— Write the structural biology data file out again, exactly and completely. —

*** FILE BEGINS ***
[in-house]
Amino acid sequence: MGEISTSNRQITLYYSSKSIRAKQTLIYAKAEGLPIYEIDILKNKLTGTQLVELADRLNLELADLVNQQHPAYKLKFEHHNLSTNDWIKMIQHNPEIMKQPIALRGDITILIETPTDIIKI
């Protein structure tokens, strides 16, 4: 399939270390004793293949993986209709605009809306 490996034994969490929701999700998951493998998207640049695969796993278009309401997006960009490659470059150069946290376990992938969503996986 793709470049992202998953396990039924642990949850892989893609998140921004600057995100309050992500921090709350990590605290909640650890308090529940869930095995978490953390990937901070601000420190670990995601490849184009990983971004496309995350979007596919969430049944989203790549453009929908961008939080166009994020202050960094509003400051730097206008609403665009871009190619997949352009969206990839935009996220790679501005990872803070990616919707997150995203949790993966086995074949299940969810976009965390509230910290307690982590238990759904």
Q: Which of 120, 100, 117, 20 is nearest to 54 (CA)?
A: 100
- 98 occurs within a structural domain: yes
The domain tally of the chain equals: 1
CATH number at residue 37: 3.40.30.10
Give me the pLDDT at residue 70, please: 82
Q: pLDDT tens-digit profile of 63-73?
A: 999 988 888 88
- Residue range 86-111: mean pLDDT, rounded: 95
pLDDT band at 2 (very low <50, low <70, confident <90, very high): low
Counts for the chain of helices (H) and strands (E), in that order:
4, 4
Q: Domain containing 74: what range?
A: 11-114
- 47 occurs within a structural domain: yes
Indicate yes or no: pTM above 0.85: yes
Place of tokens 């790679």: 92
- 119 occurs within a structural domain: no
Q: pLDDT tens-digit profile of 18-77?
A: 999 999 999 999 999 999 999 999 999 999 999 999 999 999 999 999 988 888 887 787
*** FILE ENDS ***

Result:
[in-house]
Amino acid sequence: MGEISTSNRQITLYYSSKSIRAKQTLIYAKAEGLPIYEIDILKNKLTGTQLVELADRLNLELADLVNQQHPAYKLKFEHHNLSTNDWIKMIQHNPEIMKQPIALRGDITILIETPTDIIKI
């Protein structure tokens, strides 16, 4: 399939270390004793293949993986209709605009809306 490996034994969490929701999700998951493998998207640049695969796993278009309401997006960009490659470059150069946290376990992938969503996986 793709470049992202998953396990039924642990949850892989893609998140921004600057995100309050992500921090709350990590605290909640650890308090529940869930095995978490953390990937901070601000420190670990995601490849184009990983971004496309995350979007596919969430049944989203790549453009929908961008939080166009994020202050960094509003400051730097206008609403665009871009190619997949352009969206990839935009996220790679501005990872803070990616919707997150995203949790993966086995074949299940969810976009965390509230910290307690982590238990759904």
Q: Which of 120, 100, 117, 20 is nearest to 54 (CA)?
A: 100
- 98 occurs within a structural domain: yes
The domain tally of the chain equals: 1
CATH number at residue 37: 3.40.30.10
Give me the pLDDT at residue 70, please: 82
Q: pLDDT tens-digit profile of 63-73?
A: 999 988 888 88
- Residue range 86-111: mean pLDDT, rounded: 95
pLDDT band at 2 (very low <50, low <70, confident <90, very high): low
Counts for the chain of helices (H) and strands (E), in that order:
4, 4
Q: Domain containing 74: what range?
A: 11-114
- 47 occurs within a structural domain: yes
Indicate yes or no: pTM above 0.85: yes
Place of tokens 């790679």: 92
- 119 occurs within a structural domain: no
Q: pLDDT tens-digit profile of 18-77?
A: 999 999 999 999 999 999 999 999 999 999 999 999 999 999 999 999 988 888 887 787